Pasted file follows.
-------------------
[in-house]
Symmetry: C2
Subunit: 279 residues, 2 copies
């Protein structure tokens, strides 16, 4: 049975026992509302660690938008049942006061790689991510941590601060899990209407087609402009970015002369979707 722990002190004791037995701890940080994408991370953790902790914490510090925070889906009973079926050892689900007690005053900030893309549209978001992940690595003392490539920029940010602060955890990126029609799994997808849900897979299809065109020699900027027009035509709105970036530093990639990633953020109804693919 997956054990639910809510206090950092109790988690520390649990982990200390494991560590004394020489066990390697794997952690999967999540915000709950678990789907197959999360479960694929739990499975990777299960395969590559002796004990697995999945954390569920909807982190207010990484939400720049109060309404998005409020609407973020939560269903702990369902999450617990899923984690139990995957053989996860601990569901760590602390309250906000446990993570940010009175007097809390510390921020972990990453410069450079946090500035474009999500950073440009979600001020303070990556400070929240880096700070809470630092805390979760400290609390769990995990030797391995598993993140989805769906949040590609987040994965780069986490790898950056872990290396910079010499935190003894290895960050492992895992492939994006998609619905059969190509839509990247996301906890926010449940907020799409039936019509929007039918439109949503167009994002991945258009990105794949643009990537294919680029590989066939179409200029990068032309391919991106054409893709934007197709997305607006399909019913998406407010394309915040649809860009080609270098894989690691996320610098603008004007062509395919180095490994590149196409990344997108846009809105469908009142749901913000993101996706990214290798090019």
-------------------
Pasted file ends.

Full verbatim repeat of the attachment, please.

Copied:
[in-house]
Symmetry: C2
Subunit: 279 residues, 2 copies
């Protein structure tokens, strides 16, 4: 049975026992509302660690938008049942006061790689991510941590601060899990209407087609402009970015002369979707 722990002190004791037995701890940080994408991370953790902790914490510090925070889906009973079926050892689900007690005053900030893309549209978001992940690595003392490539920029940010602060955890990126029609799994997808849900897979299809065109020699900027027009035509709105970036530093990639990633953020109804693919 997956054990639910809510206090950092109790988690520390649990982990200390494991560590004394020489066990390697794997952690999967999540915000709950678990789907197959999360479960694929739990499975990777299960395969590559002796004990697995999945954390569920909807982190207010990484939400720049109060309404998005409020609407973020939560269903702990369902999450617990899923984690139990995957053989996860601990569901760590602390309250906000446990993570940010009175007097809390510390921020972990990453410069450079946090500035474009999500950073440009979600001020303070990556400070929240880096700070809470630092805390979760400290609390769990995990030797391995598993993140989805769906949040590609987040994965780069986490790898950056872990290396910079010499935190003894290895960050492992895992492939994006998609619905059969190509839509990247996301906890926010449940907020799409039936019509929007039918439109949503167009994002991945258009990105794949643009990537294919680029590989066939179409200029990068032309391919991106054409893709934007197709997305607006399909019913998406407010394309915040649809860009080609270098894989690691996320610098603008004007062509395919180095490994590149196409990344997108846009809105469908009142749901913000993101996706990214290798090019």